Florida attacks health care problems.
Florida lawmakers hope they have found a public-private solution to the health care crisis.
Pushed by Governor Lawton Chiles, the Florida Legislature in April enacted a sweeping model for heath care reform based on the idea that businesses pooling their buying power can obtain quality health insurance at affordable prices.
The managed competition approach places Florida in the forefront of states trying to solve the problem that threatens to consummate state budgets and sink small businesses.
"This is a great model for managed competition," Chiles said the day after the Legislature passed the 186-page bill. "We have everything in this we thought we needed."
The bill also:
* Sets up practice parameters, or guidelines to show doctors the most cost-effective proven treatments to get the best results for hundreds of medical conditions.
* Encourages hospitals in rural areas to cooperate in networks through which some would specialize in emergency care, others critical care and others convalescent care.
* Encourages public hospitals receiving state money for providing indigent care to expand primary care clinics.
While most states face growing budget pressures from the health care quandary, the problem is even greater in Florida. Of the state's 13.5 million residents, 2.5 million--18.5 percent--are uninsured. When medical problems become acute, the uninsured get attention in hospital emergency rooms where costs are the highest.
Floridians spent $31.4 billion on health care in 1990, and the number is expected to rise to $90 billion by the end of the decade if nothing is done. Doctor bills for Medicare patients in Florida are the highest in the country, according to a recent study in the New England Journal of Medicine.
Florida's health care reform was launched last year when the Legislature began plans to develop health care for everyone by 1995. In his State of the State address on the Legislature's opening day, Chiles challenged lawmakers to act swiftly on his health care reform plan.
"We can't wait for a national plan that will delay our ability to provide access to people who need it," he said. "We can show the way. We can make dust or eat dust."
Lawmakers chewed plenty on Chiles' plan before they finally swallowed it.
The most fiercely fought piece involved the community health purchasing alliances (CHPA), state-chartered buying pools of small businesses.
Republican legislator wanted the CHPAs to include only small businesses and to provide information about price and effectiveness of doctors, hospitals and other health care providers. Chiles wanted strong CHPAs that would have the power to negotiate directly with health care providers and insurance companies. He also wanted to jumpstart the alliances by including Florida's 312,000 state employees and dependents and its 1.5 million Medicaid patients.
The fight over strong or weak CHPAs, known as "chippas," became distilled into shorthand as "Chippa-munk" vs. "Chippa-Kong."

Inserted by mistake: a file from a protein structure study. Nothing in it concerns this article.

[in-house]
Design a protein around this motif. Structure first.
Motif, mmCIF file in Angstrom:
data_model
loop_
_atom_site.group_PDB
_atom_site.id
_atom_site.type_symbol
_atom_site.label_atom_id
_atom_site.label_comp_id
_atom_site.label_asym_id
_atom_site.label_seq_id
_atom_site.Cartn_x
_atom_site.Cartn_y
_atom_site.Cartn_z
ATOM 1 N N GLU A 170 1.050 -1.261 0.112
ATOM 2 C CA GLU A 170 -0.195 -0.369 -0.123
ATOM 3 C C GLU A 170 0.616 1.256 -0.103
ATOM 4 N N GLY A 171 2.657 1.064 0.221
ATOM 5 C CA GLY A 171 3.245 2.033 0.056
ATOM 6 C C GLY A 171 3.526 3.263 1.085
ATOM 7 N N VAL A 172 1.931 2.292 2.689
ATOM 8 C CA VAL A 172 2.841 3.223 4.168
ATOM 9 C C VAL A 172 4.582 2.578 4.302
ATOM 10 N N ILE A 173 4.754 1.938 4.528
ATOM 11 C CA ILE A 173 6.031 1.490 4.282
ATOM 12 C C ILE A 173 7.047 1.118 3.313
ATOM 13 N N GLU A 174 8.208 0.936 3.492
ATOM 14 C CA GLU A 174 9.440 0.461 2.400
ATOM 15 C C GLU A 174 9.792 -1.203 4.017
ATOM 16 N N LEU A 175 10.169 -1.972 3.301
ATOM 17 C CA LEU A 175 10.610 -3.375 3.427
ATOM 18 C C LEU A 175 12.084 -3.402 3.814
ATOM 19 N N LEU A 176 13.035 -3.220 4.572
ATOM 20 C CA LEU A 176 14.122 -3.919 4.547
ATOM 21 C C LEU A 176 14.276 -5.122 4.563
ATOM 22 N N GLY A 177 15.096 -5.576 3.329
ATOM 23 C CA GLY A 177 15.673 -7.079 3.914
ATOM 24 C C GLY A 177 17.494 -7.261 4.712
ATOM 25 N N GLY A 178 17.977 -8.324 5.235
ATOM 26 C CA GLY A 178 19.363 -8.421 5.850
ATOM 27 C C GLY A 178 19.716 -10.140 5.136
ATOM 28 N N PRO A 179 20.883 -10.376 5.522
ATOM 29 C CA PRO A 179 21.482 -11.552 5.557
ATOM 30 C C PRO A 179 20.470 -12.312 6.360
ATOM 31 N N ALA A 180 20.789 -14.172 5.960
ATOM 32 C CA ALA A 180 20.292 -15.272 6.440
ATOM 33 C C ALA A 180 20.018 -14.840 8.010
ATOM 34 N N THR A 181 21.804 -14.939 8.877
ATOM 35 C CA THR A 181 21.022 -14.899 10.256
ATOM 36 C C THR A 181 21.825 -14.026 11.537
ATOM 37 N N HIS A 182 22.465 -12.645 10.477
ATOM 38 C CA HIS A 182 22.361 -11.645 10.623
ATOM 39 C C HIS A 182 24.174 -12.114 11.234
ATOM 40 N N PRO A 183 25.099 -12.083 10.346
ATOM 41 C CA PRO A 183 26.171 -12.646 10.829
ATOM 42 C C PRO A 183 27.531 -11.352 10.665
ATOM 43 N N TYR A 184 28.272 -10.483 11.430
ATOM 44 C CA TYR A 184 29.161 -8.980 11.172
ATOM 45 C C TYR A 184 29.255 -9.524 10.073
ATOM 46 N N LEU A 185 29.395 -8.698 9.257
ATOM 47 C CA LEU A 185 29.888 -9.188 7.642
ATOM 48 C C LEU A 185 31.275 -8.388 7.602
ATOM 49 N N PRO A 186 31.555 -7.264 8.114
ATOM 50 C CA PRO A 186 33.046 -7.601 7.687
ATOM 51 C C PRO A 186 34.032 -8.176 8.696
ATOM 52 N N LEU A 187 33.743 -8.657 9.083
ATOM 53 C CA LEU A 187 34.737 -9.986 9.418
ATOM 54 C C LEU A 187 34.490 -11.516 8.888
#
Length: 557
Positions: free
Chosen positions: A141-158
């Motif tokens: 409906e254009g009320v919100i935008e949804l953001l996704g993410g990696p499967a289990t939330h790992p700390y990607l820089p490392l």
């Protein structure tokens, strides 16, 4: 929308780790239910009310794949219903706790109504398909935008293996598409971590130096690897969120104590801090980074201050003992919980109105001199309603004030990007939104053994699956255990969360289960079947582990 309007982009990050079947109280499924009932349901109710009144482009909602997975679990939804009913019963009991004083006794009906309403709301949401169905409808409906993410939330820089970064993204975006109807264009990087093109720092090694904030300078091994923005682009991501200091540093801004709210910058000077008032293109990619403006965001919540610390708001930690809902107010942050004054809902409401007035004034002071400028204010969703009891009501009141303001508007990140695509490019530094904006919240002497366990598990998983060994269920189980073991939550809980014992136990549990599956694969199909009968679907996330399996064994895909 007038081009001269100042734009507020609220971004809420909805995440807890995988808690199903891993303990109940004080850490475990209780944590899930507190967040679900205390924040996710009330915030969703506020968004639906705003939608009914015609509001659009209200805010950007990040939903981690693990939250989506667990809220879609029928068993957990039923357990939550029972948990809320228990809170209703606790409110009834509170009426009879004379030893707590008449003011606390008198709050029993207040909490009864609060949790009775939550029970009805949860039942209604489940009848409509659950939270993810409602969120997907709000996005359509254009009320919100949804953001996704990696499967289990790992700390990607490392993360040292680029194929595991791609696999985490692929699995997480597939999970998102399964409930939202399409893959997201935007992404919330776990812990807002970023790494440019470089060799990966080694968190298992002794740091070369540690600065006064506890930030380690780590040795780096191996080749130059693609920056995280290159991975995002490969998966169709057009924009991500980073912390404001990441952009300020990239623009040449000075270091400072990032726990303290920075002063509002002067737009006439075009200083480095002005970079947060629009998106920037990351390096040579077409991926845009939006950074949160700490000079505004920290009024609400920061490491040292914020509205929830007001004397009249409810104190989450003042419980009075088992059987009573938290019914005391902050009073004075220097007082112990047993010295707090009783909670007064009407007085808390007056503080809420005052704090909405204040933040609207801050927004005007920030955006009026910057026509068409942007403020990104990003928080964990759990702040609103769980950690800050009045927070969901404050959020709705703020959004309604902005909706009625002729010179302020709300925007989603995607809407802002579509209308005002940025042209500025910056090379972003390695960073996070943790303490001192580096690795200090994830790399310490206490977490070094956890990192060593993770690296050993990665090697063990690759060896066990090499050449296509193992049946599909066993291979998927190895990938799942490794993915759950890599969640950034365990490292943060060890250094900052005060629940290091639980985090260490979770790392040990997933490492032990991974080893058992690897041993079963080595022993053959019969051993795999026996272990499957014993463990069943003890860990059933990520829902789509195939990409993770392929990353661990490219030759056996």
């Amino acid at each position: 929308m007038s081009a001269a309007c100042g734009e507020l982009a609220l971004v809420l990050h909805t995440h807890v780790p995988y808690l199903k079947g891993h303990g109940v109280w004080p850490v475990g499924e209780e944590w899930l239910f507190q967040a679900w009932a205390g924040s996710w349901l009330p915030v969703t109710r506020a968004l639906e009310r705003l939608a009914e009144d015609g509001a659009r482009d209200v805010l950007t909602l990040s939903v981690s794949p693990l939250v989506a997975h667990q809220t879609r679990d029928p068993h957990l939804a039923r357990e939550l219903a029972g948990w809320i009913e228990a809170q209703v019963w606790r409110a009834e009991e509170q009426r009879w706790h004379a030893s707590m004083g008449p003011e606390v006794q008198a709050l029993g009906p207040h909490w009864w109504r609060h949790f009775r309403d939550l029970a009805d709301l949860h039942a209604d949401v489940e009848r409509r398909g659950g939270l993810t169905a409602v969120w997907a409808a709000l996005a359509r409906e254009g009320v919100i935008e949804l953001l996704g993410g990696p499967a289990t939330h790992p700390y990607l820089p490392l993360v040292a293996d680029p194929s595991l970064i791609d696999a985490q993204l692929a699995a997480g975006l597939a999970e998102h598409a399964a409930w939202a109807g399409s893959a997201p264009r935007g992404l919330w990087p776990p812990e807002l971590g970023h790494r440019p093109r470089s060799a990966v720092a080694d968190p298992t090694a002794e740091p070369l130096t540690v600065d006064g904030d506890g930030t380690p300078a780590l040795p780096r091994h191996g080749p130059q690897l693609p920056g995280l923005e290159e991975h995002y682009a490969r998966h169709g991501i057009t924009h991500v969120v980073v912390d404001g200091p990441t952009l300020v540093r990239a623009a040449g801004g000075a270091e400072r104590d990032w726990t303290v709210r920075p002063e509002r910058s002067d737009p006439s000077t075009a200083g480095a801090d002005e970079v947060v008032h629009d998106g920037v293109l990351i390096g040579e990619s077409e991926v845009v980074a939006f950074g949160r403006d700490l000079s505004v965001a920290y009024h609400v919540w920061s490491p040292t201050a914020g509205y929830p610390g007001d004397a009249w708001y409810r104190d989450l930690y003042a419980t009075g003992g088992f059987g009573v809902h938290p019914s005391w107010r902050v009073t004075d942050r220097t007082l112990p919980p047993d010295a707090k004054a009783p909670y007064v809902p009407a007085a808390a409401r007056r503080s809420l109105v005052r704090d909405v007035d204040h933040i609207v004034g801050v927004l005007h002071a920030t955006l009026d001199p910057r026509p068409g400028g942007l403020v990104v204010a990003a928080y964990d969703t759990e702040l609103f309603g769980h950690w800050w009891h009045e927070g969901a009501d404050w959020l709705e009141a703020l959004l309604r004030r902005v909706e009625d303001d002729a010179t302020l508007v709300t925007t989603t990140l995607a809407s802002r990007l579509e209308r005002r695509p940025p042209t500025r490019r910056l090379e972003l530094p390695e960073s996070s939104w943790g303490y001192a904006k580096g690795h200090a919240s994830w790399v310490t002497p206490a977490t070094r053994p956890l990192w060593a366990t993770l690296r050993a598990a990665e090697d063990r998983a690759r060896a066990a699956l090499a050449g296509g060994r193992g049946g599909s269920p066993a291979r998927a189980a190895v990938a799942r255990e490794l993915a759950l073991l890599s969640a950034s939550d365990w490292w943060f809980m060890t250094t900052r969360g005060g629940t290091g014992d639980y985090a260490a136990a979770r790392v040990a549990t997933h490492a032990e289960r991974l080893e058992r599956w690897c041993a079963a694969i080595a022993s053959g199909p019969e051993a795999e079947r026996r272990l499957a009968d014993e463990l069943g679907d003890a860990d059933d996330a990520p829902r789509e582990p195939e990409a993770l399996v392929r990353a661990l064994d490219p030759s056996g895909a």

In the final compromise, Chiles won most of his demands.
The purchasing alliances (11 of them across the state) will include businesses of up to 50 employees, plus state workers and Medicaid recipients. But, under pressure from Blue Cross and Blue Shield of Florida, the third-party administrator of the $450 million state employee health plan, the Legislature inserted language ensuring state employees' health benefits will be the same or better under a CHPA arrangement.
Businesses that join a CHPA will choose from a menu of plans assembled by health care providers linked with insurance companies.
In a concession to the Florida Medical Association, Chiles and the Legislature agreed that the menu must include both traditional indemnity type insurance and network arrangements such as health maintenance organizations.
Each CHPA will have a board representing government, business and consumer interests. The board will provide members with information on the plans, rating them by quality and price.
Insurance reforms represent another major breakthrough.
The bill requires insurance companies in the small group market to take all comers and bars insurers from writing coverage for only the healthy.
Under modified community ratings, insurers may vary rates based only on age, gender, family composition, location and tobacco use. No more cherry-picking--and insurance company practice of covering a small business with healthy employees and then drastically raising premiums or refusing to renew the policy when one or more workers incur expensive medical costs.
Chiles, a Democrat, had both Republican and Democratic support for his goal or reducing health care costs immediately and making sure all Floridians had health care coverage by Jan. 1, 1995.
Health Care Reform Not Limited to Sunshine State
Florida isn't alone in seeking health care reform. Maryland and Washington also enacted health care plans this session, and Vermont reformed its system in 1992. Oregon and Massachusetts adopted health care reform in the late '80s. Hawaii and Minnesota have plans that date back to the '70s.
Here's what these states have done: